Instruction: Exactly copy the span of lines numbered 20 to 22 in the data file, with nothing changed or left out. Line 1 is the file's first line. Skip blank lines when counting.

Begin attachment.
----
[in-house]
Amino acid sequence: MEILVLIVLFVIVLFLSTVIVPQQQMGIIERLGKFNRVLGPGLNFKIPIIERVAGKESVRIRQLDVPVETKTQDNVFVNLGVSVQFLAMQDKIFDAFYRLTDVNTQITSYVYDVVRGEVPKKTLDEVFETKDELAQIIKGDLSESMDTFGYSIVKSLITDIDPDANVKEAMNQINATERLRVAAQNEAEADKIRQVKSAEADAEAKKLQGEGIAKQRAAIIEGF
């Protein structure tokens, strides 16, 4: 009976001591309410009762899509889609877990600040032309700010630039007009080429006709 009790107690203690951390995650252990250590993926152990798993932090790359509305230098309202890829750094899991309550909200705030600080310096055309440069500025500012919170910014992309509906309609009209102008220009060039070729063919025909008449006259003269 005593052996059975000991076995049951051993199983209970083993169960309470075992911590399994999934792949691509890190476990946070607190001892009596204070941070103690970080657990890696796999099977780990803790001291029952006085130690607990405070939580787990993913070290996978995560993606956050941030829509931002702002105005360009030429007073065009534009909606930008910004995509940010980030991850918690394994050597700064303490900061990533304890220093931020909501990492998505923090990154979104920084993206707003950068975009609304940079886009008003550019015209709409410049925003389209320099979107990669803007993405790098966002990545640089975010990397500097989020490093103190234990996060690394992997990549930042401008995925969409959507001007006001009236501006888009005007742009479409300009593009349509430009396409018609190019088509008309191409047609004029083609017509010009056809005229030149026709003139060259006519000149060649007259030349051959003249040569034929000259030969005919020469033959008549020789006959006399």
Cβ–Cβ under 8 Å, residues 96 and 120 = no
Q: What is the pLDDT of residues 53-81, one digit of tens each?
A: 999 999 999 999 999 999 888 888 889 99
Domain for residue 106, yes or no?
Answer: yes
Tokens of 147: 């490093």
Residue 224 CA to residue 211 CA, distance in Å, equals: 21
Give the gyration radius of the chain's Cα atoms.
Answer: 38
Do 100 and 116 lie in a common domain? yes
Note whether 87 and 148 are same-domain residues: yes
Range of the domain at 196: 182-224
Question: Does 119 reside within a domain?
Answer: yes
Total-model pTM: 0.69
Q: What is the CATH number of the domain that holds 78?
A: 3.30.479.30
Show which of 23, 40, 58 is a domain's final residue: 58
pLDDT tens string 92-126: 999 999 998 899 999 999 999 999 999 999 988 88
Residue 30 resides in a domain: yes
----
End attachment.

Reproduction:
A: 3.30.479.30
Show which of 23, 40, 58 is a domain's final residue: 58
pLDDT tens string 92-126: 999 999 998 899 999 999 999 999 999 999 988 88